Chromosomal and genetic disorders
Chromosomal and genetic disorder
Hemophilia is a sex-linked disorder that prevents the clotting of the blood properly in the body, which results to a person bleeding more than a normal person. It mostly affects boys who have a fifty-percent chance of getting it if the mother is a carrier. It is caused by lack of platelets, which are sticky blood cells that stop the bleeding by plugging up holes on the torn part. The platelets are responsible for activating various proteins found in the blood called clotting factors. Clotting factor mixes with the platelets to form strong fibers that strengthen the clot and stop the bleeding.
Some of the symptoms include raised bruises on a child’s stomach, chest, back and buttocks when the child begins to crawl and walk; prolonged nosebleeds and excessive bleeding after a surgery operation. Other symptoms include excessive bleeding following tooth extraction, excessive bleeding when person bites down the tongue or lip, blood found in the urine (hematuria) and bleeding from the muscles and joints.
It is a lifetime condition without a cure, unless a liver transplant is carried out which is risky and can result into more complications. Another treatment is through replacing the clotting factors using an intravenous line at the hematology clinic or at home by a parent or a nurse. Children with severe hemophilia develop inhibitors that act as antibodies to the clotting factors. They are given a drug called recombinant factor VII that activates the coagulation process directly bypassing the deficiencies. Another method of overcoming the inhibitors is to increase the clotting factors intake in the body in order to increase the body’s tolerance (Kids health, 2012).
Down syndrome is a chromosomal disorder that is caused by the child inheriting an extra 21 chromosomes from either parent. At conception, each child inherits twenty-three chromosomes from each parent making it forty-six chromosomes. Some times a child end up inheriting extra 21 chromosome from each parents which results to the child having three 21 chromosomes in their DNA. Translocation, which is attachment of the 21 chromosome into another chromosome especially chromosome 14, is another cause of Down syndrome.
The symptoms range from one person to another, but some are common in most people with Down syndrome. They include a flattened nose and face, short neck, a small mouth with a protruding long tongue, small ears and upwards slanting eyes that have small folds at the inner corner. They victims have white spots present on the colored part of the eye that is iris. Their hands are shot and broad with short fingers and a single crease in the palm. They have poor muscle tone and loose ligaments. Their development and growth is slow and do not achieve the average height and developmental milestones.
Down syndrome is untreatable but can be managed. Any medical condition that arises due to this disorder is treated through corrective surgery. For example, heart disorders, stomach problems and eye and ear defects. Regular check ups should be taken to screen for any other medical condition (Heyn, 2012). People suffering from Down syndrome should be enrolled for early intervention programs, which include speech, occupational and physical therapy. Children that have Down syndrome need to be part of a lovely family, society and attend preschool where they will learn and make discoveries in a supportive and safe environment. This will enable them to reach their potential.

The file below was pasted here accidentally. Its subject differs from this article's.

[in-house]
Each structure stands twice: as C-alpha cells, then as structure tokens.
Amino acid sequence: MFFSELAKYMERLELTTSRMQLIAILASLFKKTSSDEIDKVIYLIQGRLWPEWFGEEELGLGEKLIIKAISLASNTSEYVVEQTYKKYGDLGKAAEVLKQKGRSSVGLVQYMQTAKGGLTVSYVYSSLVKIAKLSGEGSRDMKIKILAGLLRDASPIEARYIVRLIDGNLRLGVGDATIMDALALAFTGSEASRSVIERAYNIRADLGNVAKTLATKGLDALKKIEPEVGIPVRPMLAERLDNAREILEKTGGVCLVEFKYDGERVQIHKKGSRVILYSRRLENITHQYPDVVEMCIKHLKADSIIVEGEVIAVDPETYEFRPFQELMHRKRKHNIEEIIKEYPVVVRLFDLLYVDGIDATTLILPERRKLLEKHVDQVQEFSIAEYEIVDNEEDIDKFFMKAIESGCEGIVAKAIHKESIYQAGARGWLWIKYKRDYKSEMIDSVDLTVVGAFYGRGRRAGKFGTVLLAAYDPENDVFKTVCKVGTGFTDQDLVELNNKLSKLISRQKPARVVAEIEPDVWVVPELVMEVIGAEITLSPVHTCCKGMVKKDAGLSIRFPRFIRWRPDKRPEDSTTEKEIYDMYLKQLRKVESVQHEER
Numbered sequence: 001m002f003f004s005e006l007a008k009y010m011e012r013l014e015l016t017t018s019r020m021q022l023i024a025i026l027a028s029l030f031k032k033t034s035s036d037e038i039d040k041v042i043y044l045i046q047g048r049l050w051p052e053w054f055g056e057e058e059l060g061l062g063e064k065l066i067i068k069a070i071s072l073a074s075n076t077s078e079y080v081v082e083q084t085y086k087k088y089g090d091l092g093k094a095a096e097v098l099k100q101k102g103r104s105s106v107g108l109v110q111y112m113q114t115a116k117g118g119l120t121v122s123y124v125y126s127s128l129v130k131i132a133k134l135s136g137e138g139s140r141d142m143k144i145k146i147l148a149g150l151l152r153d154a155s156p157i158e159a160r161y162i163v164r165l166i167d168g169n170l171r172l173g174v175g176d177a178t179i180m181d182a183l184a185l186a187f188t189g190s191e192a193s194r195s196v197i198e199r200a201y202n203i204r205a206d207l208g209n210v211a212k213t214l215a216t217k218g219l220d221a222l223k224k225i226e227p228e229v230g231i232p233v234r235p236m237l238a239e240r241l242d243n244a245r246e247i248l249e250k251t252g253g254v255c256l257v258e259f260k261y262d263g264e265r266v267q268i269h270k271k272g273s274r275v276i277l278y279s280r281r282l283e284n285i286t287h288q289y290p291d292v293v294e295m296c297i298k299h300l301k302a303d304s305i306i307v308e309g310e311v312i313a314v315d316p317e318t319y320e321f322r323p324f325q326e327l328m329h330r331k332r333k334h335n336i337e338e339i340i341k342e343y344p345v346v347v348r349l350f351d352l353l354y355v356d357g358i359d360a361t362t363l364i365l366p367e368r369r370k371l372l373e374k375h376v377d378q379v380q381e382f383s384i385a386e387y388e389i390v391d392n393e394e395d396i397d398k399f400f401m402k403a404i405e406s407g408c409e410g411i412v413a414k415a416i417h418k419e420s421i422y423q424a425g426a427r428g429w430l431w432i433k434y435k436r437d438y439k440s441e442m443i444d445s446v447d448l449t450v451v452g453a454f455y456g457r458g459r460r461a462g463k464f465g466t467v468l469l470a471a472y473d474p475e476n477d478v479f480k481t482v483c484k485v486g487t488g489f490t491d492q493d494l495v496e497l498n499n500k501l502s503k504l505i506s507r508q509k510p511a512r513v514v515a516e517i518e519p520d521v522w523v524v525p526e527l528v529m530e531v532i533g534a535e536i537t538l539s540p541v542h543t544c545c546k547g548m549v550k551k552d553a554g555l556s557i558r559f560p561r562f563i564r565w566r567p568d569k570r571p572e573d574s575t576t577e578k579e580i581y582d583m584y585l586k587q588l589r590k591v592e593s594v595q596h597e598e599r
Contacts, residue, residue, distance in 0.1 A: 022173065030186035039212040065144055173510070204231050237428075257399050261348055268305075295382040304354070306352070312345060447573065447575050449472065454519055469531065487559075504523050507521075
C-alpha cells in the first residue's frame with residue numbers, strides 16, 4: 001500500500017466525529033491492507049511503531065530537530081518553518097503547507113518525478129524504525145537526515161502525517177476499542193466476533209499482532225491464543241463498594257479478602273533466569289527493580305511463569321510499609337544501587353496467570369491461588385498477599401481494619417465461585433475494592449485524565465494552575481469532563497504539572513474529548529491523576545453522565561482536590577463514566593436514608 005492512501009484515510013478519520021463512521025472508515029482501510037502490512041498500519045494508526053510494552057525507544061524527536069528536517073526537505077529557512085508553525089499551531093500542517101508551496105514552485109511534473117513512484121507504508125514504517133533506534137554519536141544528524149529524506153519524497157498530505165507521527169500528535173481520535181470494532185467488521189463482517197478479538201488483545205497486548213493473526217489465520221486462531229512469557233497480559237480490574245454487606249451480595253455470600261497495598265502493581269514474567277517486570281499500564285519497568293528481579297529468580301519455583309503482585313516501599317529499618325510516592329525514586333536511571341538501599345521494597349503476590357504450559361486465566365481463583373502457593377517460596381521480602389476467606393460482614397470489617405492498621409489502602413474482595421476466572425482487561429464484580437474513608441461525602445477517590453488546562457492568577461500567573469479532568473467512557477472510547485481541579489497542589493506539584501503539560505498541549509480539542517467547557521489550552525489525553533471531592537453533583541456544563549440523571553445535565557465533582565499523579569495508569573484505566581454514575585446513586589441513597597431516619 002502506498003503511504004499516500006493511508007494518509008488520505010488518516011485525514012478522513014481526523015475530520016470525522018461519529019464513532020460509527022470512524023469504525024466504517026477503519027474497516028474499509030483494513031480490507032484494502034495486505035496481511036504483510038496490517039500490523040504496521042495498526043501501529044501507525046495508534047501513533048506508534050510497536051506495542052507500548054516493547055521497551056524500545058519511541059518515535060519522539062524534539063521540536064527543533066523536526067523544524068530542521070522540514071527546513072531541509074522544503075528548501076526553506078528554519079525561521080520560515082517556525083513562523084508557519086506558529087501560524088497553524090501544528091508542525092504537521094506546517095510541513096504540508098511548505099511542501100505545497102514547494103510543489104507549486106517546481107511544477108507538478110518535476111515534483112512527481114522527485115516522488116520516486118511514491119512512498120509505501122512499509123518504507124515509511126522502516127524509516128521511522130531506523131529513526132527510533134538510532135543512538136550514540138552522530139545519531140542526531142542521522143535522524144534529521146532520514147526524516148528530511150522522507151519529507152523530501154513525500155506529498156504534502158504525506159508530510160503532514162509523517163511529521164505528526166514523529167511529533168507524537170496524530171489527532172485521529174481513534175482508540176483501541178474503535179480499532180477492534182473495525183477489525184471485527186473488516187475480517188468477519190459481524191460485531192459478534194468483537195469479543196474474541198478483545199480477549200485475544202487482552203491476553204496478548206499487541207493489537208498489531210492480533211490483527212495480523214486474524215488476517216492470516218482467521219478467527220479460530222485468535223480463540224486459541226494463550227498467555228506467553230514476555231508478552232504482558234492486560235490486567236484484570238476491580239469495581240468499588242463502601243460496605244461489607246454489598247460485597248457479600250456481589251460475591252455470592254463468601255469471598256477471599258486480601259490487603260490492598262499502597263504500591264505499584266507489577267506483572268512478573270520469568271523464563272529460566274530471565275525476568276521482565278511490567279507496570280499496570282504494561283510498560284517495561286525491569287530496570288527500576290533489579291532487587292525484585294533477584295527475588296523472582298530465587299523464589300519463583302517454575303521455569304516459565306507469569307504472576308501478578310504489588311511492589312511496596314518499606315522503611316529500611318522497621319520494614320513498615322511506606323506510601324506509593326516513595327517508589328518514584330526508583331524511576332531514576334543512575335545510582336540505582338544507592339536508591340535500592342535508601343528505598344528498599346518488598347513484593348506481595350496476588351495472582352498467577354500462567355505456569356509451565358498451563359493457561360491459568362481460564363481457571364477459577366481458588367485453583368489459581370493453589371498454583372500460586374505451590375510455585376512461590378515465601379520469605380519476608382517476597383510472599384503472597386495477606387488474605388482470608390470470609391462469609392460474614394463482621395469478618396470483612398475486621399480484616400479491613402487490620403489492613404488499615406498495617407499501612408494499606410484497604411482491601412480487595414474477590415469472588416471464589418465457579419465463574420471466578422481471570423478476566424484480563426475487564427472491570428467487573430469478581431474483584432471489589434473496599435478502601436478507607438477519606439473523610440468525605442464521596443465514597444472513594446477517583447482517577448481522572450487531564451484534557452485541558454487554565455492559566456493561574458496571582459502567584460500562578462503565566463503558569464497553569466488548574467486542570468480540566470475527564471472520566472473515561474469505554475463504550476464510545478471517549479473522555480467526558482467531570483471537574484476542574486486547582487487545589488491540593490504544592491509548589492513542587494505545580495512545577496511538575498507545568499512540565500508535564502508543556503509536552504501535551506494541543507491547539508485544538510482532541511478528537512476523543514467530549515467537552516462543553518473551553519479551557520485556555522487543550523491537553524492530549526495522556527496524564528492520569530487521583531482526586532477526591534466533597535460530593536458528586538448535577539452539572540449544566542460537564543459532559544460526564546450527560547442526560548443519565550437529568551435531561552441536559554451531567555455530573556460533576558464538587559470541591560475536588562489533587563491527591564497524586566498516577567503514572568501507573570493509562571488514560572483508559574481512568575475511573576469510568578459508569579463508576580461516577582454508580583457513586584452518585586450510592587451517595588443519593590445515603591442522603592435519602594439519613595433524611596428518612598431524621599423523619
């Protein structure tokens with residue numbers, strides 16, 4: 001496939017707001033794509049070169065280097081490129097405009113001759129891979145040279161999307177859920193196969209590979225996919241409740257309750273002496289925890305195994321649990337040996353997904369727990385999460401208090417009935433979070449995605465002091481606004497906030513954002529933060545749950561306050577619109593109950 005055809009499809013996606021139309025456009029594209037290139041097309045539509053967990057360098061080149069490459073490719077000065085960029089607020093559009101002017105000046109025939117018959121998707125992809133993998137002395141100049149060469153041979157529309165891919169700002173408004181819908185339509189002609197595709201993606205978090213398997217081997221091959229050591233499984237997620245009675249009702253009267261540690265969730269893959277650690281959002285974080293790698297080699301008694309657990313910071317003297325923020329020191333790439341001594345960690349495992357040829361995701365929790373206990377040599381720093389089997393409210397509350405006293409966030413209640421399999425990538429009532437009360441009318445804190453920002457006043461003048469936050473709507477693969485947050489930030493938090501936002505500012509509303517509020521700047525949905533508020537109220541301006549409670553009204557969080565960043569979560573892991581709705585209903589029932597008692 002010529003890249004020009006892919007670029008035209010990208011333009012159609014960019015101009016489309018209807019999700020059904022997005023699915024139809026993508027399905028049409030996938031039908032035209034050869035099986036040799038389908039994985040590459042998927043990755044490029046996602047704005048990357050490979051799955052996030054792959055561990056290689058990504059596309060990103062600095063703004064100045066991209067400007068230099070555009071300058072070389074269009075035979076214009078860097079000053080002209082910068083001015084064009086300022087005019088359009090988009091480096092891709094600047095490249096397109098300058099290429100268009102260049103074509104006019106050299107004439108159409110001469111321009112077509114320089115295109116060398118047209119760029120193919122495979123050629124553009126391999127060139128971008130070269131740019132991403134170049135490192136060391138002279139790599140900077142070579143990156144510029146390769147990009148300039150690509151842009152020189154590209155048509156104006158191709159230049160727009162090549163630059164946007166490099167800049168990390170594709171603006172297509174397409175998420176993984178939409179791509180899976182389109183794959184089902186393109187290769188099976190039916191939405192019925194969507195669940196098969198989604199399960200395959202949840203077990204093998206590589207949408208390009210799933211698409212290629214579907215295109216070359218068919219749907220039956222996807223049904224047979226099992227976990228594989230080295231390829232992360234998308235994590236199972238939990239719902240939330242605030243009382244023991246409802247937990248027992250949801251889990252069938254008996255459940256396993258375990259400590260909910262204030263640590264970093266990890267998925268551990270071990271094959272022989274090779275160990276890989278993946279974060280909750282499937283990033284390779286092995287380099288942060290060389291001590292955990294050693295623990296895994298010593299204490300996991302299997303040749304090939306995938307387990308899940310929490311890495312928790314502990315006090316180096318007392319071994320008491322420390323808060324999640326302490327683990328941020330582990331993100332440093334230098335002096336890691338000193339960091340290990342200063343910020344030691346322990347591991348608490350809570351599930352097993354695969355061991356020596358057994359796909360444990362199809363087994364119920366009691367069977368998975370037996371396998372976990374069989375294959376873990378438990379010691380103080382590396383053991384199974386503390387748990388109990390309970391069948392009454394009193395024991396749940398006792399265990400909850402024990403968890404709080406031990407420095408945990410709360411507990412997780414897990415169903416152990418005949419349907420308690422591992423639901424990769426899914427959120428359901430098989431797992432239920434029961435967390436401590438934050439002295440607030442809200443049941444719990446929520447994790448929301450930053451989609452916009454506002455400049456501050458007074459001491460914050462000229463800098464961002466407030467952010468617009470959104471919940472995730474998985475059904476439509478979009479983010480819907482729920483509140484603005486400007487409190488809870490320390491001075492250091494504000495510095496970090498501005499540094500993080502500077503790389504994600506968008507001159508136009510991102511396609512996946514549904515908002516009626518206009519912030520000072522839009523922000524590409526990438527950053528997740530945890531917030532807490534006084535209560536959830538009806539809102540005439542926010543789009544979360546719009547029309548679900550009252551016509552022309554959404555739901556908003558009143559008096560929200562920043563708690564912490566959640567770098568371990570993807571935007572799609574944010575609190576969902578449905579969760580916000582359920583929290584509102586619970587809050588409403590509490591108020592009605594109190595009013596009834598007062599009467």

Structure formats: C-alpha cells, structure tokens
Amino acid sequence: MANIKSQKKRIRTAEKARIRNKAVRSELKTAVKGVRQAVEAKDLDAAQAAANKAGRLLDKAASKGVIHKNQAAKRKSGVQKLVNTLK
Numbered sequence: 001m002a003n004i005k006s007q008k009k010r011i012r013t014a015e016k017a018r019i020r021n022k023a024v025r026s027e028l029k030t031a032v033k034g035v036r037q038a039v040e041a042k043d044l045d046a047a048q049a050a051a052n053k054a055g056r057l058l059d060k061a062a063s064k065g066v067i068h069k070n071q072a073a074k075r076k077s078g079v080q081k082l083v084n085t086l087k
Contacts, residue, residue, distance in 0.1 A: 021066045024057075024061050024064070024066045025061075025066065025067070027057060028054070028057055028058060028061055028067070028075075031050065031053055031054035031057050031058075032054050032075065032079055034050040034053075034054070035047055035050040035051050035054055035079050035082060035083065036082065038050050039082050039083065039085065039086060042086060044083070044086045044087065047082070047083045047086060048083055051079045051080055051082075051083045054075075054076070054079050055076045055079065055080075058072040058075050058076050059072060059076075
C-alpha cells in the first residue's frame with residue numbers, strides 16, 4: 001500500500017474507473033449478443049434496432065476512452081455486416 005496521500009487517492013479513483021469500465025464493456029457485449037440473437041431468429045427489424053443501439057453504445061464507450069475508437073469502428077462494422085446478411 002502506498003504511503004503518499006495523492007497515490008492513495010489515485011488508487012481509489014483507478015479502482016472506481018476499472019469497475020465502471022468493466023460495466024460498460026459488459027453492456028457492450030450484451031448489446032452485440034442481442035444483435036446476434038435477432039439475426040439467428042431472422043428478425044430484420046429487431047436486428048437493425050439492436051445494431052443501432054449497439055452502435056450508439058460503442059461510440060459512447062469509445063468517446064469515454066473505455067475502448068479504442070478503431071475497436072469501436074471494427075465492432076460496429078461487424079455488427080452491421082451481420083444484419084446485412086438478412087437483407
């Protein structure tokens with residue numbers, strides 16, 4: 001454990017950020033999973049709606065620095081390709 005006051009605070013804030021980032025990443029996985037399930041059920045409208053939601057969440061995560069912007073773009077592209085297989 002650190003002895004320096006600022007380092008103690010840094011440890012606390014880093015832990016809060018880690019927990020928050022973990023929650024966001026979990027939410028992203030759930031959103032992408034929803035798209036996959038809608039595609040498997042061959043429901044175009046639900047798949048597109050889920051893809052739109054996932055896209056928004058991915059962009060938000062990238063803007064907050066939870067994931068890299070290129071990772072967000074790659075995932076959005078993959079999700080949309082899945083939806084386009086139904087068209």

Sickle cell anemia
Sickle cell anemia, which is genetic triggered disorder, is inherited by children from their parents where by the red blood cells form abnormal crescent shapes. It results from an abnormality of a type of hemoglobin called hemoglobin S. Hemoglobin, which is a protein inside the red blood cells, carries the oxygen, and when oxygen reduces in the body this abnormal hemoglobin S makes the shape of the red blood cells to change. These crescent cells therefore carry less blood to the body and some times are stuck in the small vessels, break easily, and interrupt the healthy blood flow. For a child to develop the ailment, he or she must inherit hemoglobin S gene from both parents.
The symptoms vary though the recurrent ones are abdominal pains attacks, bone pain, breathlessness, delayed growth and puberty, fatigue, paleness, fever, rapid heartbeat, jaundice and ulcers on the lower legs. Other symptoms include chest pain, frequent urination, strokes, poor eyesight, frequent urination, painful and prolonged erection and skin ulcers.
There is no cure but treatment is offered to manage and control the symptoms. Folic acid supplements are taken to produce more red blood cells. When someone has a crisis, it is treated through blood transfusion, pain medication and plenty of fluids. Other treatment methods include Hydoxyurea, a drug used to minimize pain during any crisis episode (Medline plus, 2012). Antibiotics are taken to prevent bacterial infections that are common in individuals with sickle cell anemia.
Heyn, S., N. (2012). Down Syndrome. Retrieved From http://www.medicinenet.com/down_syndrome/page6.htm
Kids health. (2012). Hemophilia. Retrieved from http://kidshealth.org/parent/medical/heart/hemophilia.html.
Medlin plus. (2012). Sickle cell anemia. Retrieved from http://www.nlm.nih.gov/medlineplus/ency/article/000527.htm